More than a few have asked the question. Why did the Yankees allow the Boston Red Sox to outbid them for the services of 19-year-old Cuban Yoan Moncada?
All sorts of theories were advanced. The take here is the Yankees seem to be satisfied with their impressive International signing class of last July, in which they acquired 10 of the top 30 such prospects and spent nearly $20 million. Is Moncada, who cost the Red Sox $63.1 million, better than all of them? Did the Yankees perhaps sign two or more players who will be better than Moncada? Nobody knows for sure.
It can be said the 10 top prospects the Yankees did sign were not the mystery Moncada was because they had been scouted extensively in the Dominican Republic, Venezuela, and, in shortstop Hyo-Joon Park’s case, South Korea. Cuban players, and the hope here is this changes shortly, have an air of mystery and intrigue about them.
Chances are, from this 10, as graded by scouts, the Yankees, within a few years, will have some top-of-the-line major-league regulars:
Dermis Garcia IF, Dominican Republic – This 17-year-old is already 6-foot-3, 205 pounds. His power and arm are rated highly by scouts. He also has soft hands, and likely, with his arm strength and power potential, could mature into a top third baseman. Scouts compare him to Minnesota prospect Miguel Sano, who missed 2014 due to Tommy John surgery. Sano hit 35 homers and drove in 103 runs on 2013. Garcia is on that road. His bonus with the Yankees was $3 million, which matched Gary Sanchez’s bonus.
Juan DeLeon, OF, Dominican Republic – At 18, scouts rated his bat second among International prospects to Tampa Bay signee Adrian Rondon. Standing 6-foot-2 now, at 185 pounds, he is expected to grow. Scouts are impressed with the strength in his wrists and his outstanding bat speed. His plate discipline is improving. He has played center field in the past, but it’s looked at as a future corner outfielder. His power is generated by a short, swift compact swing. His bonus was $2 million.
Nelson Gomez, 3B, Dominican Republic – Another 18-year old, scouts rank Gomez’s power just behind Garcia’s. Appeared in Under-Armour Game in Wrigley Field last year. At 6-foot-2, 210, some feel he profiles better as a first baseman. The Yankees invested $2 million in him and love his ability to recognize pitches. Not as athletic as Garcia or DeLeon.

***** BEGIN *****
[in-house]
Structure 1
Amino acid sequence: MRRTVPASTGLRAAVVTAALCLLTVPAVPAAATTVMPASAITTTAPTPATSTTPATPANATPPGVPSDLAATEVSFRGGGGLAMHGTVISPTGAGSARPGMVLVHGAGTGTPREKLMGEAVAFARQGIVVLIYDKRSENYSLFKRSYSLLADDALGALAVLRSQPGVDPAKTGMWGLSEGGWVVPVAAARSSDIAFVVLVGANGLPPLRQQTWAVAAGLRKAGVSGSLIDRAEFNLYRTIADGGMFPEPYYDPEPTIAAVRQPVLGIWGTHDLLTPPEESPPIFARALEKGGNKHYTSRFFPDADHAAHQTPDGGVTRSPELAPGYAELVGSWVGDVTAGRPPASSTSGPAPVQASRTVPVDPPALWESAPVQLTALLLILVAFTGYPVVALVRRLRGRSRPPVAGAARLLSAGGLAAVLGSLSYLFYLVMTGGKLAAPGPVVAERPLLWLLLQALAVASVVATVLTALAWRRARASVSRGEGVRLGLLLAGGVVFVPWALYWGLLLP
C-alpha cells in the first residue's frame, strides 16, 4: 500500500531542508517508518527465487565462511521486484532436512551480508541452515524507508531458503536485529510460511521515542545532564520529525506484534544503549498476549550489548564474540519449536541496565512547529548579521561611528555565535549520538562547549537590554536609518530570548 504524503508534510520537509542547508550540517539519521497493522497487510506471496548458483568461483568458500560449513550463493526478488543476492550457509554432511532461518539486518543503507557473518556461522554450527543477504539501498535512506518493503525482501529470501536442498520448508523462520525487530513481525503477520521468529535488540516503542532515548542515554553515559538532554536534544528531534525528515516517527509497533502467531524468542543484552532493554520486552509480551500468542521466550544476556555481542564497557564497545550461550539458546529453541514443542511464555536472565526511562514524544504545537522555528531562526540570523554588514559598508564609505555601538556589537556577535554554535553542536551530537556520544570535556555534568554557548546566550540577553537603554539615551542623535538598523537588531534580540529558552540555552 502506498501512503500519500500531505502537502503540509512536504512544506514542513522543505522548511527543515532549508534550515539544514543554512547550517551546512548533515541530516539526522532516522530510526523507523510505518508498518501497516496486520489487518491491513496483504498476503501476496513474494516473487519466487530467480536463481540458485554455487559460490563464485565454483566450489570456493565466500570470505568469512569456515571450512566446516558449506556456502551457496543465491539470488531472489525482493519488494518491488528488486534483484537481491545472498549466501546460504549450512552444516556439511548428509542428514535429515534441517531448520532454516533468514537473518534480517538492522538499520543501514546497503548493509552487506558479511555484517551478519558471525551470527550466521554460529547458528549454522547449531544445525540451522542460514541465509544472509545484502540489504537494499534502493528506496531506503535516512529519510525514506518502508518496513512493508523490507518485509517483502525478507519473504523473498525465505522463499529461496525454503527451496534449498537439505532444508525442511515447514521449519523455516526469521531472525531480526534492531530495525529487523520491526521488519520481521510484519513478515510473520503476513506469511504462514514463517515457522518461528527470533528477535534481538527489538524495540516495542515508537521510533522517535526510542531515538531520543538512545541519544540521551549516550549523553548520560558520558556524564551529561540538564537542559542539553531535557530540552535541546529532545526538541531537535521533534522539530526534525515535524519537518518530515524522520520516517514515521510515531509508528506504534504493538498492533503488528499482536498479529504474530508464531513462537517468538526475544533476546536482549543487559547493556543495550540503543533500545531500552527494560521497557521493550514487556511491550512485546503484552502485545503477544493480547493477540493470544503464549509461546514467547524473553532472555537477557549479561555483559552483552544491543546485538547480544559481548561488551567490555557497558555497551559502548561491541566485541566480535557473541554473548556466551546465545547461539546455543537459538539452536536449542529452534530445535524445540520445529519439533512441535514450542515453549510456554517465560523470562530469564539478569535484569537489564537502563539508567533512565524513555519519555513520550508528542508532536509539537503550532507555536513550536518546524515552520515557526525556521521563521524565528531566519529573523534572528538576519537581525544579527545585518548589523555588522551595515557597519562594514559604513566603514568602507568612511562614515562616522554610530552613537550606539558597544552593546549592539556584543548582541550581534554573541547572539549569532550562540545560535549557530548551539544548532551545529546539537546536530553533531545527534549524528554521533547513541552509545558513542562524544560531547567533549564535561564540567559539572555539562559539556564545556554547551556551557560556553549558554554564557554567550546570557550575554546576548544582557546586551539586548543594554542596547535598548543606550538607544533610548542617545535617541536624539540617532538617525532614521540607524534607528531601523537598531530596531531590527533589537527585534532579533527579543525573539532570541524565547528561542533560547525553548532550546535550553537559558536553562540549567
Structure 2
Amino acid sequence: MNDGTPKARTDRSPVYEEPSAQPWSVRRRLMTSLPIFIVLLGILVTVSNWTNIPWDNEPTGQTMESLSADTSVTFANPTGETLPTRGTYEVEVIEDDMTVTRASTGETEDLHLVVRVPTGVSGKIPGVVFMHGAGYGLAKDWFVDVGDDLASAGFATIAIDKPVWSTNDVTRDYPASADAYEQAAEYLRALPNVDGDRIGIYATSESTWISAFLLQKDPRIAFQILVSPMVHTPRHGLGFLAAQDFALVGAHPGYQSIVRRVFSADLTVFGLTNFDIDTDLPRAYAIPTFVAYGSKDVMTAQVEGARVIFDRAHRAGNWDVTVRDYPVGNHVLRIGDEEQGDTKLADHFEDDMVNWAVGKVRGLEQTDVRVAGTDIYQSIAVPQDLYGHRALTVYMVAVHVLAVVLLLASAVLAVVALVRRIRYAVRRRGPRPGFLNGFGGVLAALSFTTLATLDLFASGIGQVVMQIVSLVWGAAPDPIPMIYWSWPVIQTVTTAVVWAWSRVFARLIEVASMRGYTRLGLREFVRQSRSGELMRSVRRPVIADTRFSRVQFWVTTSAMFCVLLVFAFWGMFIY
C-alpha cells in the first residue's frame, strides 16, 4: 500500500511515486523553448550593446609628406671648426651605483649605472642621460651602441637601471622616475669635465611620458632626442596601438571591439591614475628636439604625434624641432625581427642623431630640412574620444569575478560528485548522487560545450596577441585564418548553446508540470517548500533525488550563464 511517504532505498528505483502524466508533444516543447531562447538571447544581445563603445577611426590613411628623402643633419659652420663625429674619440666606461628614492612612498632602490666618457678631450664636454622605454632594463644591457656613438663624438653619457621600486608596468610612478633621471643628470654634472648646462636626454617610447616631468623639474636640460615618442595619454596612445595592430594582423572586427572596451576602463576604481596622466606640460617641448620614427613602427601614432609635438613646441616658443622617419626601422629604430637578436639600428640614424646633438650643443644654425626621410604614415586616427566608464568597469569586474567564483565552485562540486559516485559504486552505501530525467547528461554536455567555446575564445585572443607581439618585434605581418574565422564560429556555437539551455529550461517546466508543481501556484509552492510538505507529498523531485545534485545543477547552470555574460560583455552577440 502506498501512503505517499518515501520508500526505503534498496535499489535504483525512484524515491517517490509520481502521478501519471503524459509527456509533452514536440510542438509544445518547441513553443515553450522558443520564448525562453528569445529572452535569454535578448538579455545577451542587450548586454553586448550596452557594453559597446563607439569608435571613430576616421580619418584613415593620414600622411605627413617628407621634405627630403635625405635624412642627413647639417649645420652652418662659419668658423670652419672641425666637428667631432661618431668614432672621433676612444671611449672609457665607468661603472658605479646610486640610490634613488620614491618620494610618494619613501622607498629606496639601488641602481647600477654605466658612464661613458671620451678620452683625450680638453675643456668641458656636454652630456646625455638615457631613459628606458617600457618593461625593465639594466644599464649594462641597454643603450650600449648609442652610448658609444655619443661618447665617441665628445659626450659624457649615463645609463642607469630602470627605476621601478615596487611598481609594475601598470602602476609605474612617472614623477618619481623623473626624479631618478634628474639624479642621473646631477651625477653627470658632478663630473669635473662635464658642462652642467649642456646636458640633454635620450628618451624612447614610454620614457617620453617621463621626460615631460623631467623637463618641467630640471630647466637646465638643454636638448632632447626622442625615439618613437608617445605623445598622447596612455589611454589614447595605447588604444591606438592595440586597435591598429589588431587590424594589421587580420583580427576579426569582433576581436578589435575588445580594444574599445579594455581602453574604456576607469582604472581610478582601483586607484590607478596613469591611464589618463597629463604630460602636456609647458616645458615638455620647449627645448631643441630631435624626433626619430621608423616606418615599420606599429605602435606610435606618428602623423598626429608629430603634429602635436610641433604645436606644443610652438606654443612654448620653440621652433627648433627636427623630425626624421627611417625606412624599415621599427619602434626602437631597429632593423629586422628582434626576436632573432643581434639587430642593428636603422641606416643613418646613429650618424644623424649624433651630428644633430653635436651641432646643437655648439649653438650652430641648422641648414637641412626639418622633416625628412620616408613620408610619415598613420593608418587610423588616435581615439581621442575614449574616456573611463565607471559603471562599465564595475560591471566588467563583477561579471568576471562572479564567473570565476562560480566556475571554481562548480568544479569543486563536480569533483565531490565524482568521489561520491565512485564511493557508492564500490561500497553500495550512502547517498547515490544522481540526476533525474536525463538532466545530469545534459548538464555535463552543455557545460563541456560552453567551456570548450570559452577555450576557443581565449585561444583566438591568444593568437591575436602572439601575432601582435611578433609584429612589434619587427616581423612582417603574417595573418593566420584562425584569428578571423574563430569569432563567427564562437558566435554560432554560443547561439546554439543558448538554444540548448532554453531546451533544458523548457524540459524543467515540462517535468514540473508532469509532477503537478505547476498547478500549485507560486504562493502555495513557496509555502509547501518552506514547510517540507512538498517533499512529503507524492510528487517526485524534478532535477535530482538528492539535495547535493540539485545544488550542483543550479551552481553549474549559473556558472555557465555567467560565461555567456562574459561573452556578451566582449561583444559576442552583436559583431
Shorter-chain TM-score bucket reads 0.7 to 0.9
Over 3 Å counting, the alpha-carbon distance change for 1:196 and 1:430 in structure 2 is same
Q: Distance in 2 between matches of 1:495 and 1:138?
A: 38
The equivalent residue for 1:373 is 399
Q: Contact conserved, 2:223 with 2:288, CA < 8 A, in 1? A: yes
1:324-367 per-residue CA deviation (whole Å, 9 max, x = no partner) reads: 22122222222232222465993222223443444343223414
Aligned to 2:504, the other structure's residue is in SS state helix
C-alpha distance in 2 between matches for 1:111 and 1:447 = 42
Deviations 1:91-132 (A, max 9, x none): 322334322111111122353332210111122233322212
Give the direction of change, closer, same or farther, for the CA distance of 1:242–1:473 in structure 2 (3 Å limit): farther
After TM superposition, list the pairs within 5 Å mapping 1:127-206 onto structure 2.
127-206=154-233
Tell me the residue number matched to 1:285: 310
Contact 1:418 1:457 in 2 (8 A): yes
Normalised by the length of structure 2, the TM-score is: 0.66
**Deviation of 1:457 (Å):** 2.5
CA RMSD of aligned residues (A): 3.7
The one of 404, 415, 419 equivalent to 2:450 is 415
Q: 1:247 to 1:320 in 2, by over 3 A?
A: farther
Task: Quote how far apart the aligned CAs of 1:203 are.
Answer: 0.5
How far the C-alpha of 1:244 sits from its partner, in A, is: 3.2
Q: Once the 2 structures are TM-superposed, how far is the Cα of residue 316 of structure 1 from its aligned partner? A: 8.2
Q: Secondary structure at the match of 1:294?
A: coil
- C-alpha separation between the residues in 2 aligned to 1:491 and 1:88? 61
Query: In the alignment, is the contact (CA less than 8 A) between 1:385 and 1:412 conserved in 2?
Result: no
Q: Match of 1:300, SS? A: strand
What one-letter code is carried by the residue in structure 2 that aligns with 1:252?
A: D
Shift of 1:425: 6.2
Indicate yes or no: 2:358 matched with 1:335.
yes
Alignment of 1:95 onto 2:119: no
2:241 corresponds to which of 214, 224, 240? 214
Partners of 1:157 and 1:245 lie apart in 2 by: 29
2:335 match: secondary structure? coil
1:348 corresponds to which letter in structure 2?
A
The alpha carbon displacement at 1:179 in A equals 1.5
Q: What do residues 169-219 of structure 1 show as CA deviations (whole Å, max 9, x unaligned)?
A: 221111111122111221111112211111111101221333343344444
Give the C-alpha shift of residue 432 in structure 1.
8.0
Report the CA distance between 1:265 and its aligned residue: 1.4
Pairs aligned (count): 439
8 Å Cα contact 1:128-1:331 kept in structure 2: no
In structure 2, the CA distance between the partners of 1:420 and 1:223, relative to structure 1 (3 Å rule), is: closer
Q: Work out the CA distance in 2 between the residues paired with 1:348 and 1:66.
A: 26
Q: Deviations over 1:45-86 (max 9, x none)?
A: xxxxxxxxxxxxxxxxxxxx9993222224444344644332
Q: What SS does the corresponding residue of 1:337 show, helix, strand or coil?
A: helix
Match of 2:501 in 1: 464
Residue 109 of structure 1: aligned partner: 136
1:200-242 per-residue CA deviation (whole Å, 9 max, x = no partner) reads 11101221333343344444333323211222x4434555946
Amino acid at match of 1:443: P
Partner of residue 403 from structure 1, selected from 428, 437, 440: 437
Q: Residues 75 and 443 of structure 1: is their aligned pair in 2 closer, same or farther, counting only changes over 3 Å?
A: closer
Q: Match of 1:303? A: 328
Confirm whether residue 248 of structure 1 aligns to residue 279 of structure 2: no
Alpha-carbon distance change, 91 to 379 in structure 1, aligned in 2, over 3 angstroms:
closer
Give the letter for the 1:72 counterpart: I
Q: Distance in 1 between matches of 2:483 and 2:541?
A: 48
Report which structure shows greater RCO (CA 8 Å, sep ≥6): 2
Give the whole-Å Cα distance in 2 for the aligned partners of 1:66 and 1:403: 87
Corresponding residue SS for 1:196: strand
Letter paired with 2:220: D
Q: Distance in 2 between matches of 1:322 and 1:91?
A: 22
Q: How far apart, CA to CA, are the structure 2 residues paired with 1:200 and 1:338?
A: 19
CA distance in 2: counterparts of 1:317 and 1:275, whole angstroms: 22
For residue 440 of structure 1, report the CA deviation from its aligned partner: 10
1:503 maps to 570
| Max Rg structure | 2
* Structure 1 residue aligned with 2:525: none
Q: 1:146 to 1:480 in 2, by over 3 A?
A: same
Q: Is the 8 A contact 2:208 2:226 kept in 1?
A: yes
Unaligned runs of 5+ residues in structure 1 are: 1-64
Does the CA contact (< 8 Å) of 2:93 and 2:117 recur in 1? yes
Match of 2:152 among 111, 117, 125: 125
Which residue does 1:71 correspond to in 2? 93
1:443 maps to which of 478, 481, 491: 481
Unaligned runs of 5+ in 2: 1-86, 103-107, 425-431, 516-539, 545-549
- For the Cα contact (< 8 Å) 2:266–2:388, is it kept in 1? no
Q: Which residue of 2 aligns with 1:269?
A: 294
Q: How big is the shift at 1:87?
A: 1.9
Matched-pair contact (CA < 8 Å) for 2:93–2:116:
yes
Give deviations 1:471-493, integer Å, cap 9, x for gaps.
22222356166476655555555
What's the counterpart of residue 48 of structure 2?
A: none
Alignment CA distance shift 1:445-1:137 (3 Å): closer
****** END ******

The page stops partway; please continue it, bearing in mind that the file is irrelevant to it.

Wilkerman Garcia, SS, Venezuela – Given he won’t turn 17 until April 1, this 5-11, 170-pound switch hitter caught the Yankees’ eye for his intelligent approach to the game, There is a question whether he will mature into a rangy shortstop with size as he grows, or would fit better as a second baseman. Some see him following Jorge Posada’s move from shortstop to catcher. The Yankees signed him for $1.3 million.
Miguel Flames, C, Venezuela – Whether or not this 6-2, 205-pound catcher remains behind the plate is a question. If not, first base could be where he ends up. An excellent hitter who grabbed the Yankees attention at a national tournament in Venezuela, he signed for $1.1 million. The 17-year-old is not a toolsy player.
Hyo-Joon Park, SS, South Korea – This 6-foot-2, 170-pounder has an advanced package at 19. It will be interesting to see where the Yankees assign him for 2015. Smooth in the field with the ability to make all the plays and possessing a strong arm. Offensively, he can hit to all fields and has a little pop in his bat. He reportedly signed for $1.1 million.
Jonathan Amunduray, OF Venezuela – He’s only 16 (turns 17 May 11) and has outstanding raw tools. Was noticed in the International Prospect League in the Dominican Republic. Has the athleticism and tools, but needs to develop them. He is projected as a corner outfielder.
Bryan Emery, OF, Colombia – Once talking to a friend from Bogota, we asked how baseball and soccer mix in his country. “In the north, we play baseball, in the south soccer,” he said. The 6-foot-3, 190-pound Emery, who trained in the Dominican Republic with Ivan Noboa, who has gotten bonuses for his players before. He has power, but his overall game needs some smoothing out. Emery just turned 17 this week and is projected as a corner outfielder.
Diego Castillo, SS, Venezuela – The type of player who is not blessed with outstanding tools, the 5-11, 150-pound Castillo, who was showcased in the Dominican Republic, is incredibly sound for a 17-year-old. He makes the plays and is a “thinking” kind of shortstop. The Yankees like such players, and signed him for $750,000.
Antonio Arias, OF Venezuela – At 6-3, 170, Arias, who won’t turn 17 until June 12, is learning how to make mix his raw athletic ability with baseball fundamentals. He also caught the Yankees’ eye with his play in the International Prospect League. Projected as a player with plus speed and power, his game is in the major development stage.